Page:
The Maarhanet live in two different spheres, those of the Ashal Islands and those of the mainland, who dwell in Westwynd, often amidst the wilds raised by the Wildering or isolated river systems. These wild Maarhanet are often aggressive, and highly tribal in the way they conduct themselves. Males will frequently fight for mates during the mating season, but also to assert their dominance in their social group. They are also often the first line of defense to attack threats to the bloat. Females are less violent, but tussles among them are not unheard of, though they are rarely as damaging as the injuries inflicted by males against each other. Wild Maarhanet couples, meanwhile, live closest to the river, and will live together throughout the period of raising their offspring, separating again once the child has grown up. It is in these pairings that real care can be seen among the species, Maarhanet parents loving their children, and each other, with the uncommon occurrence of frequent mating producing a life-bonded pair. Threats to Maarhanet young are responded to harshly, and hunters or observers should outright flee if they cross a Maarhanet parent.
Ashal Maarhanet, meanwhile, are far more docile and relaxed. Their climate is virtually void of predators, and they have become highly used to the Asha and other animal-life of the region. As a result, those in this part of the wild are best described as semi-feral, easily tamed, and equal to those fully domesticated by the Asha. Some are even playful with the Asha. Much like in ancient times, few Maarhanet have been directly domesticated, and instead the species often lazes about in waterways, Living Metal machinery skillfully arching itself around or over them. Some are still trained as beasts of war though, and the world should pity those having to face the wrath of an armored Maarhanet.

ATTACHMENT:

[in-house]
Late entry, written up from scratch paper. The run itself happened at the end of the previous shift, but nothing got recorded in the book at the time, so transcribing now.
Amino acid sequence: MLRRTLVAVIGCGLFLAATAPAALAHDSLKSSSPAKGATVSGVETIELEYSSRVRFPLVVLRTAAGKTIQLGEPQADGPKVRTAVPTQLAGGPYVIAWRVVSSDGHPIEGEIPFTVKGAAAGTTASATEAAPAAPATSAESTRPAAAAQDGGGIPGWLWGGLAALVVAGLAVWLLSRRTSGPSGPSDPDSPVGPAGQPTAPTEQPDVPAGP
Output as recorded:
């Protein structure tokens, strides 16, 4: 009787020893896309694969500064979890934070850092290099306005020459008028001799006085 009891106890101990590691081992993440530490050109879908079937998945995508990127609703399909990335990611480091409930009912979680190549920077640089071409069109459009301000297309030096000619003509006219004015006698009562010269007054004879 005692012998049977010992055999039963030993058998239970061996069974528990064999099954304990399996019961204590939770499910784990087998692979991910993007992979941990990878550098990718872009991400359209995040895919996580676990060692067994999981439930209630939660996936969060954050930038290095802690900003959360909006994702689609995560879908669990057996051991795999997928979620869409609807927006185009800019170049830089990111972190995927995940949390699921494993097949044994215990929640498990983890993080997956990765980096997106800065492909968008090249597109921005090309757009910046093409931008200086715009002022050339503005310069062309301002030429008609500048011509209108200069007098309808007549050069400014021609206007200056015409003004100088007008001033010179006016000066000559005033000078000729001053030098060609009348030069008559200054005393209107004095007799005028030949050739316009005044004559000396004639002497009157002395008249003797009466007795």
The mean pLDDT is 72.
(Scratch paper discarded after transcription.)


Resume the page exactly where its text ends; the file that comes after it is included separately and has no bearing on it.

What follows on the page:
Territory and Groupings
As mentioned earlier, the Maarhanet are divided into two groups. Those on the mainland live in the wilds and isolated rivers of Westwynd, often hidden from sight and in bloats which number between thirty to fifty. Those on the Ashal Islands live across the region, also keeping to the rivers, with bloats that can reach up to sixty members. Maarhanet bloats are often led by a prime male and a prime female, the respective leaders of their gender half of the bloat by benefit of size, seniority, number of children, or a combination of all three. The rarest kind of leadership is a prime family, which occurs when a prime male and prime female form a lifebond.
- The Maarhanet are omnivorous, and are very partial to melons, especially watermelons. The Asha often enjoy watching them crush the huge, solid fruits in one smash of their great big mouths when feeding a bloat in a particular region.
- Maarhanet pudges, as their babies are called, are often highly buoyant, and can be found in the adorable act of spinning in the water, unable to right themselves, half confused but also half enjoying themselves.
- Maarhanet-headed Asha were apparently once a feature in the past, their ancient wall art showing such beings. However, in the modern day, it is unheard of.